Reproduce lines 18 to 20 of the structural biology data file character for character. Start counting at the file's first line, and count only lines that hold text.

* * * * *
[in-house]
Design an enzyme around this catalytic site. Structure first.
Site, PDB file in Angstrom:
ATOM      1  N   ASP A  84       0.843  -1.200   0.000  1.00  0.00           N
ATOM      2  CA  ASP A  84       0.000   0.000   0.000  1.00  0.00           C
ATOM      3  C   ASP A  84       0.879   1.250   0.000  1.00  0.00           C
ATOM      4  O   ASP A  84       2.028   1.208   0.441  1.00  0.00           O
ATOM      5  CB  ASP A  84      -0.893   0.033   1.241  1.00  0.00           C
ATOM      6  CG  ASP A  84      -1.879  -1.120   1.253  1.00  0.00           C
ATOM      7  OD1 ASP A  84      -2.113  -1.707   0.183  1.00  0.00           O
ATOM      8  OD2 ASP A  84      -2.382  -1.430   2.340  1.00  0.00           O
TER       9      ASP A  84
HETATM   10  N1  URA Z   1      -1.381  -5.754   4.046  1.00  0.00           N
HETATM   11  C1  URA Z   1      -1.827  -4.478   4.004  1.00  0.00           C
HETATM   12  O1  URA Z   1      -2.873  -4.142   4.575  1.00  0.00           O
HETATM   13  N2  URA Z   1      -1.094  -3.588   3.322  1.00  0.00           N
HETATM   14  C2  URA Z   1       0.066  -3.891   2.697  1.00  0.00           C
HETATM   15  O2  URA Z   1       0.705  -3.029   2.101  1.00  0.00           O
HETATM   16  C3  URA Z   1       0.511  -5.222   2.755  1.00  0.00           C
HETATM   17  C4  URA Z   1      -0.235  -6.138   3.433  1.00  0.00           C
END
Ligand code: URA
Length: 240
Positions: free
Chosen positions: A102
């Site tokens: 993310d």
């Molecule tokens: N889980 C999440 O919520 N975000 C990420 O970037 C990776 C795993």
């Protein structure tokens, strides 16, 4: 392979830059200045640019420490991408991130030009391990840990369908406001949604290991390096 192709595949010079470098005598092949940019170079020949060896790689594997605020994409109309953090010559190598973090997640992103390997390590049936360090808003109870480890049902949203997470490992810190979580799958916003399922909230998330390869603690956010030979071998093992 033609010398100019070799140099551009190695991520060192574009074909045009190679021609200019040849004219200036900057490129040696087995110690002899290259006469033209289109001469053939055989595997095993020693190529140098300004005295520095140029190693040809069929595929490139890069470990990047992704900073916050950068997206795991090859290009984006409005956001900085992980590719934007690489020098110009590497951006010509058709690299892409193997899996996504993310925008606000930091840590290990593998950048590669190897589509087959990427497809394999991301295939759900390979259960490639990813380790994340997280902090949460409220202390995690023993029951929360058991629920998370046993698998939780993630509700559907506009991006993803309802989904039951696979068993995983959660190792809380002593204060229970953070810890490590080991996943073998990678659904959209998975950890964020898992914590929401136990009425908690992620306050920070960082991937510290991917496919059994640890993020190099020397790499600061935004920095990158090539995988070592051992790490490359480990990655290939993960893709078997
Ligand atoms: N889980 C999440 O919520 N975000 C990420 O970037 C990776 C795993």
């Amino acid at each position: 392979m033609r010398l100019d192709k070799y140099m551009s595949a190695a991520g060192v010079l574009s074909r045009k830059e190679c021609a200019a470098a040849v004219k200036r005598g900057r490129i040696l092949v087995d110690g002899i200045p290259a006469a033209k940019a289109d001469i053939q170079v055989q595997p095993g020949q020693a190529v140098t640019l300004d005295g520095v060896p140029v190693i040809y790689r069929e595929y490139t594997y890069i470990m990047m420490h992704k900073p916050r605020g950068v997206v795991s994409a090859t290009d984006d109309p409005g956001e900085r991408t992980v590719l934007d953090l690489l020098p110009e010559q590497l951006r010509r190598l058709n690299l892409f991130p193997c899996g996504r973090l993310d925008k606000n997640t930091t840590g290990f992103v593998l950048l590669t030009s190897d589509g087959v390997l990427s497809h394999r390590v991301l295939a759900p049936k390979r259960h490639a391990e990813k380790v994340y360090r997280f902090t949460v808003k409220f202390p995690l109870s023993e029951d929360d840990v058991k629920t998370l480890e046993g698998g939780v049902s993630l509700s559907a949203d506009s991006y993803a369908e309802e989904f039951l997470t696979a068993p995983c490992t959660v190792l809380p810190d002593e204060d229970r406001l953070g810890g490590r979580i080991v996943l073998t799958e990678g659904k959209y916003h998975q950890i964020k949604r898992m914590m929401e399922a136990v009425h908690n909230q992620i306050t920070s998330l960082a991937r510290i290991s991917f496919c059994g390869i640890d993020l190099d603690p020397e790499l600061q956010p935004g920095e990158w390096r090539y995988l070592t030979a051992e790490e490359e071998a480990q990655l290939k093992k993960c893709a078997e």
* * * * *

HETATM   15  O2  URA Z   1       0.705  -3.029   2.101  1.00  0.00           O
HETATM   16  C3  URA Z   1       0.511  -5.222   2.755  1.00  0.00           C
HETATM   17  C4  URA Z   1      -0.235  -6.138   3.433  1.00  0.00           C